Michelle Stocker

Assistant Professor

My research centers on exploring the macroevolutionary patterns and processes of biodiversity and morphological disparity, including how species diversify in the functional, phylogenetic, and developmental constraints of convergent evolution within an explicitly evolutionary framework. I have interests in comparative anatomy, osteology, biostratigraphy and biochronology, and macroevolution. I investigate how a cladistic framework modifies our secondary inferences, such as the use of fossil vertebrates for biochronology or our understanding of paleobiogeographic patterns, and explore the acquisition of the ‘modern’ fauna through extinction and diversification events. My primary objectives are to explore the anatomical evolution of reptiles, which are often poorly-understood components of well-sampled terrestrial assemblages. In addition, I investigate changes in their ecology and diversity. I incorporate critical data from fossil specimens with my research on extant taxa, using CT and traditional dissection, through my fieldwork (domestic and international), which enables me to explore the regional and chronologic differences between and among terrestrial vertebrate assemblages and continental ecosystems over deep time.

Education

Ph.D., Geological Sciences, The University of Texas at Austin, 2013

MSc., Geosciences, University of Iowa, 2008

B.S., Geological Sciences, University of Michigan, 2003

I have three primary areas of research currently.

  • Paleobiology and Evolution of Phytosaurs and other Triassic Archosauromorphs: Phytosaurs are a clade of semi-aquatic reptiles that look superficially like crocodylians and would have been some of the dominant predators in the Late Triassic. They currently are known only from Late Triassic fossils, but they have a hypothesized ghost lineage extending from the Early Triassic. They had a nearly worldwide distribution, and therefore they have been utilized for over 100 years for biostratigraphic and biochronologic correlations. I investigate the morphological evolution of this clade, test hypotheses of phylogenetic relationships, and explore functional abilities of the group.
  • Evolution of Paleogene Reptiles: Squamates (lizards, snakes, and amphisbaenians) and crocodylians are well-known from the Western Interior during the Eocene, but until recently southern records were unclear. I work to uncover the poorly-known reptile components of the Eocene faunas of West Texas and understand their connections to taxa from Wyoming and Utah with respect to the climatic upheaval and associated faunal changes that occurred early in the Cenozoic.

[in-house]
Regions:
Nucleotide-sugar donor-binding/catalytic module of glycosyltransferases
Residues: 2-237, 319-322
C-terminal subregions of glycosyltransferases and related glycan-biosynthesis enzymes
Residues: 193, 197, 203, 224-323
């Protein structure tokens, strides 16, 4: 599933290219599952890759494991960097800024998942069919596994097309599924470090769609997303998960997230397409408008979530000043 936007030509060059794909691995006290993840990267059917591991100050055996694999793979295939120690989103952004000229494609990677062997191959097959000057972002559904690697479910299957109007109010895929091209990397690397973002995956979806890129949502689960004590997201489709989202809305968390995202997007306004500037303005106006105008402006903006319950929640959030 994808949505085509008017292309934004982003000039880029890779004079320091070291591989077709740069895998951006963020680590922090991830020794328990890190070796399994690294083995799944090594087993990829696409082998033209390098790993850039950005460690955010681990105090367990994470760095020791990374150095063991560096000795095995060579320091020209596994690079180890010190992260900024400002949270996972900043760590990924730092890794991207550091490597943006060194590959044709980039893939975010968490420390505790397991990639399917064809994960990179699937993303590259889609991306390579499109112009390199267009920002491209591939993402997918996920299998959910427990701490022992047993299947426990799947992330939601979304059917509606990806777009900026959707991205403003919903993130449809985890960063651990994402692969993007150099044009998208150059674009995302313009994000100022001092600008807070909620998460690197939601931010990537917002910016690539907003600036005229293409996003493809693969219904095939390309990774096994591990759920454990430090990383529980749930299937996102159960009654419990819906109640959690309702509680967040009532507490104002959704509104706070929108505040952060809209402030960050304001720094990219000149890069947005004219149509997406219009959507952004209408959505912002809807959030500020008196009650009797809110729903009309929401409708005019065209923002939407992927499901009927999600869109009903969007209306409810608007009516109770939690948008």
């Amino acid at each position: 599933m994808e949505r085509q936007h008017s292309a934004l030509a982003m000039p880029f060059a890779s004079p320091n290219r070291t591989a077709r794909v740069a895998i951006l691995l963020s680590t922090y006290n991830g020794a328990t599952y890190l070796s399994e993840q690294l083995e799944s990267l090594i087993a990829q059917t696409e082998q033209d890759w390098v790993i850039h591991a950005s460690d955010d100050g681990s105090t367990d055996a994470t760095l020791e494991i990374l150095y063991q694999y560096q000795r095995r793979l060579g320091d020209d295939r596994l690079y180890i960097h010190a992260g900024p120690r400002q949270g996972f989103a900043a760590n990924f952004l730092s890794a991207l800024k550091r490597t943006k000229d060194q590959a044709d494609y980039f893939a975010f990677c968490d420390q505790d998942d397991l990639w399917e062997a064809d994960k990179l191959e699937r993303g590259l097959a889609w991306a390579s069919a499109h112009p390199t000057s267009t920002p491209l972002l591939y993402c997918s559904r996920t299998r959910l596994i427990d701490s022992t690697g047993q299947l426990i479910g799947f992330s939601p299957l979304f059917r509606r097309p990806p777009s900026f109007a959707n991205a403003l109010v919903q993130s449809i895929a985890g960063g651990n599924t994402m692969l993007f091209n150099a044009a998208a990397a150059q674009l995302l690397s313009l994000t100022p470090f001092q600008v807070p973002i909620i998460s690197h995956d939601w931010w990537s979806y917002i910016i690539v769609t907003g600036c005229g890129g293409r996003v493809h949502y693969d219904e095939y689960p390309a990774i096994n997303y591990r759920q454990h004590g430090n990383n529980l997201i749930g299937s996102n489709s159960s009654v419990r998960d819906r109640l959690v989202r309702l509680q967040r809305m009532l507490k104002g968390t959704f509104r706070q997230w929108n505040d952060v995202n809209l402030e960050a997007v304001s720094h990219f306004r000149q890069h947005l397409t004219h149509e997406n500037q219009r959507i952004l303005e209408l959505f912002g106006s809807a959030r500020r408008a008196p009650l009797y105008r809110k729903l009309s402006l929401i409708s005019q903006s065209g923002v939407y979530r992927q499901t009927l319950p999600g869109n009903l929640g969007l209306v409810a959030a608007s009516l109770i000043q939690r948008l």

• Evolution and Biogeographic History of Amphisbaenians and Fossorial Vertebrates: Fossoriality, or a burrowing lifestyle, evolved multiple times among vertebrates and appears to be associated with certain morphological adaptations. I focus specifically on the evolution of amphisbaenians, a group of limbless squamates, that are known today from a world-wide distribution and have a North American fossil record back at least to the Paleocene. I specifically am interested in the evolution and biogeographic history of rhineurid amphisbaenians, a clade which contains one living member, the Florida worm lizard.

We are part of the larger, very active Paleobiology & Geobiology Research Group here at Virginia Tech.

To learn more, please visit our main research page here: http://www.paleo.geos.vt.edu/index.html

Graduate Students

  • Krista Koeller (MS program) - Morphological evolution of limb reduction in squamate reptiles
  • Mitchell Riegler (MS program) - Characterizing the microanatomy and isotopic signatures of squamate reptile dentition

Undergraduate Students

  • Emily Lessner - Archosauriform endocranial morphology and osteological evidence for semiaquatic sensory adaptations in phytosaurs

16. Li, C., Wu, X.-C., Zhao, L.-J., Nesbitt, S. J., Stocker, M. R., and Wang, L.-T. 2016. A new armored archosauriform (Diapsida: Archosauromorpha) from the marine Middle Triassic of China, with implications for the diverse ecologies of archosauriforms prior to diversification of crown Archosauria. The Science of Nature- Naturwissenschaften, DOI: 10.1007/s00114-016-1418-4

15. Stocker, M. R., Nesbitt, S. J., Criswell, K. E., Parker, W. G., Witmer, L. M., Rowe, Ridgely, R., T. B., and Brown, M. A. 2016. A dome-headed stem-archosaur exemplifies convergence among dinosaurs and their distant relatives. Current Biology, DOI: 10.1016/j.cub.2016.07.066.

14. Lessner, E. J.*, Stocker, M. R., Smith, N. D., Turner, A. H., Irmis, R. B., and Nesbitt, S. J. 2016. A new rauisuchid (Archosauria, Pseudosuchia) from the Upper Triassic (Norian) of New Mexico increases the diversity and temporal range of the clade. Peer J, DOI: 10.7717/peerj.2336.